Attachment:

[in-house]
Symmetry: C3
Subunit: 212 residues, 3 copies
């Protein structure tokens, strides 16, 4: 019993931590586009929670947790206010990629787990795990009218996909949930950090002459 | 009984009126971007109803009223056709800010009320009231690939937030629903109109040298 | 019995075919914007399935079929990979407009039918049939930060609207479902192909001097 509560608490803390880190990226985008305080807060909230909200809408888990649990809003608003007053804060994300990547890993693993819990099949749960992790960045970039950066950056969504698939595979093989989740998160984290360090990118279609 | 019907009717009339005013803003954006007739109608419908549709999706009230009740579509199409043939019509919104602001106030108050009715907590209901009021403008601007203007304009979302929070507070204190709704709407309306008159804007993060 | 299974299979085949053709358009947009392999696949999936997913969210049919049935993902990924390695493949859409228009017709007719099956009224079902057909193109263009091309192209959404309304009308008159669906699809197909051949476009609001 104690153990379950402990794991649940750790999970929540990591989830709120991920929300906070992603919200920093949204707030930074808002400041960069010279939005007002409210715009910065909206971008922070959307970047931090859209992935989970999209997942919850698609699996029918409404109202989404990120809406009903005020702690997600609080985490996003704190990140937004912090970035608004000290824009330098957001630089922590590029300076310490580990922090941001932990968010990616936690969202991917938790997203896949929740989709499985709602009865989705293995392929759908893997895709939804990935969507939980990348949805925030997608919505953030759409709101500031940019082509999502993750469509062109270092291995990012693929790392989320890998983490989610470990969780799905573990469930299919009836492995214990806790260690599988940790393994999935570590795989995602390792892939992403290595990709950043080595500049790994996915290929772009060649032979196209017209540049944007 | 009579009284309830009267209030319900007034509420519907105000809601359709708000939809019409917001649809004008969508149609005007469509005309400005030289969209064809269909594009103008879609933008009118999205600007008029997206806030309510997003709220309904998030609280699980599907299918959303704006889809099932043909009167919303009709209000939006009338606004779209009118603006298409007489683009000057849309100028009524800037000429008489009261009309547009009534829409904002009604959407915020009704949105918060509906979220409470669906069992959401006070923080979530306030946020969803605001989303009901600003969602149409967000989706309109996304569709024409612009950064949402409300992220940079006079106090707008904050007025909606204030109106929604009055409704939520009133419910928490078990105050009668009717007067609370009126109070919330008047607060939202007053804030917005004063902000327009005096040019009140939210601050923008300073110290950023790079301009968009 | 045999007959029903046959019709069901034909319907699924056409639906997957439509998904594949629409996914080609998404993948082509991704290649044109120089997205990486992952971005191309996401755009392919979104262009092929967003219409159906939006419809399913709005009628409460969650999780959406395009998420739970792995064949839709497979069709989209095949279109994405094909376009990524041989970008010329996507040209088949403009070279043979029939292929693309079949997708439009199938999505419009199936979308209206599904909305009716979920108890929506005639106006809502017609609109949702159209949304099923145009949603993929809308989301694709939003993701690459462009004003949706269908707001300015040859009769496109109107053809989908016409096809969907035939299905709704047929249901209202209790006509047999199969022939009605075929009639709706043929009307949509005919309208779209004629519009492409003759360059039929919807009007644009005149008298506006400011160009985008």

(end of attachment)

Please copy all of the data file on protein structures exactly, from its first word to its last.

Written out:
[in-house]
Symmetry: C3
Subunit: 212 residues, 3 copies
């Protein structure tokens, strides 16, 4: 019993931590586009929670947790206010990629787990795990009218996909949930950090002459 | 009984009126971007109803009223056709800010009320009231690939937030629903109109040298 | 019995075919914007399935079929990979407009039918049939930060609207479902192909001097 509560608490803390880190990226985008305080807060909230909200809408888990649990809003608003007053804060994300990547890993693993819990099949749960992790960045970039950066950056969504698939595979093989989740998160984290360090990118279609 | 019907009717009339005013803003954006007739109608419908549709999706009230009740579509199409043939019509919104602001106030108050009715907590209901009021403008601007203007304009979302929070507070204190709704709407309306008159804007993060 | 299974299979085949053709358009947009392999696949999936997913969210049919049935993902990924390695493949859409228009017709007719099956009224079902057909193109263009091309192209959404309304009308008159669906699809197909051949476009609001 104690153990379950402990794991649940750790999970929540990591989830709120991920929300906070992603919200920093949204707030930074808002400041960069010279939005007002409210715009910065909206971008922070959307970047931090859209992935989970999209997942919850698609699996029918409404109202989404990120809406009903005020702690997600609080985490996003704190990140937004912090970035608004000290824009330098957001630089922590590029300076310490580990922090941001932990968010990616936690969202991917938790997203896949929740989709499985709602009865989705293995392929759908893997895709939804990935969507939980990348949805925030997608919505953030759409709101500031940019082509999502993750469509062109270092291995990012693929790392989320890998983490989610470990969780799905573990469930299919009836492995214990806790260690599988940790393994999935570590795989995602390792892939992403290595990709950043080595500049790994996915290929772009060649032979196209017209540049944007 | 009579009284309830009267209030319900007034509420519907105000809601359709708000939809019409917001649809004008969508149609005007469509005309400005030289969209064809269909594009103008879609933008009118999205600007008029997206806030309510997003709220309904998030609280699980599907299918959303704006889809099932043909009167919303009709209000939006009338606004779209009118603006298409007489683009000057849309100028009524800037000429008489009261009309547009009534829409904002009604959407915020009704949105918060509906979220409470669906069992959401006070923080979530306030946020969803605001989303009901600003969602149409967000989706309109996304569709024409612009950064949402409300992220940079006079106090707008904050007025909606204030109106929604009055409704939520009133419910928490078990105050009668009717007067609370009126109070919330008047607060939202007053804030917005004063902000327009005096040019009140939210601050923008300073110290950023790079301009968009 | 045999007959029903046959019709069901034909319907699924056409639906997957439509998904594949629409996914080609998404993948082509991704290649044109120089997205990486992952971005191309996401755009392919979104262009092929967003219409159906939006419809399913709005009628409460969650999780959406395009998420739970792995064949839709497979069709989209095949279109994405094909376009990524041989970008010329996507040209088949403009070279043979029939292929693309079949997708439009199938999505419009199936979308209206599904909305009716979920108890929506005639106006809502017609609109949702159209949304099923145009949603993929809308989301694709939003993701690459462009004003949706269908707001300015040859009769496109109107053809989908016409096809969907035939299905709704047929249901209202209790006509047999199969022939009605075929009639709706043929009307949509005919309208779209004629519009492409003759360059039929919807009007644009005149008298506006400011160009985008």